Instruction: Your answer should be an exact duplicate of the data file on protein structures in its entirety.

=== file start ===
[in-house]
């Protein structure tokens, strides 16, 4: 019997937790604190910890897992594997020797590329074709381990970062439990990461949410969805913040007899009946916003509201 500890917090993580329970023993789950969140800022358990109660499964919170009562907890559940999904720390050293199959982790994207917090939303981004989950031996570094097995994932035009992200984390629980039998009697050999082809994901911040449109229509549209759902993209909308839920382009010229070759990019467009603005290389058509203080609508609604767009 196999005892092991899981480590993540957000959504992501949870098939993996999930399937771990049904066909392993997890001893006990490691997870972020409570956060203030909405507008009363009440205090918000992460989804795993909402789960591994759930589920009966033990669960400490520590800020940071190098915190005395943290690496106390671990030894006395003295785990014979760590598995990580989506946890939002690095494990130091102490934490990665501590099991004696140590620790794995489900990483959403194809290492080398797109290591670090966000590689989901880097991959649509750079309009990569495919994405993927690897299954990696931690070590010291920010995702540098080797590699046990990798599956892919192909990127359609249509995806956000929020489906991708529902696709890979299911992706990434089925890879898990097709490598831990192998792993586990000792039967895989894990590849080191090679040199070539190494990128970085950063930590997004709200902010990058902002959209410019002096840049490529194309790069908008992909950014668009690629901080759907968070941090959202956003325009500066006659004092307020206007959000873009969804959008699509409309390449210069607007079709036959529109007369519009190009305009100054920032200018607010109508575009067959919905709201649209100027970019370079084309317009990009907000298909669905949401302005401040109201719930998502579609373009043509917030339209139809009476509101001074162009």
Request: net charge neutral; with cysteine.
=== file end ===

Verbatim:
[in-house]
């Protein structure tokens, strides 16, 4: 019997937790604190910890897992594997020797590329074709381990970062439990990461949410969805913040007899009946916003509201 500890917090993580329970023993789950969140800022358990109660499964919170009562907890559940999904720390050293199959982790994207917090939303981004989950031996570094097995994932035009992200984390629980039998009697050999082809994901911040449109229509549209759902993209909308839920382009010229070759990019467009603005290389058509203080609508609604767009 196999005892092991899981480590993540957000959504992501949870098939993996999930399937771990049904066909392993997890001893006990490691997870972020409570956060203030909405507008009363009440205090918000992460989804795993909402789960591994759930589920009966033990669960400490520590800020940071190098915190005395943290690496106390671990030894006395003295785990014979760590598995990580989506946890939002690095494990130091102490934490990665501590099991004696140590620790794995489900990483959403194809290492080398797109290591670090966000590689989901880097991959649509750079309009990569495919994405993927690897299954990696931690070590010291920010995702540098080797590699046990990798599956892919192909990127359609249509995806956000929020489906991708529902696709890979299911992706990434089925890879898990097709490598831990192998792993586990000792039967895989894990590849080191090679040199070539190494990128970085950063930590997004709200902010990058902002959209410019002096840049490529194309790069908008992909950014668009690629901080759907968070941090959202956003325009500066006659004092307020206007959000873009969804959008699509409309390449210069607007079709036959529109007369519009190009305009100054920032200018607010109508575009067959919905709201649209100027970019370079084309317009990009907000298909669905949401302005401040109201719930998502579609373009043509917030339209139809009476509101001074162009």
Request: net charge neutral; with cysteine.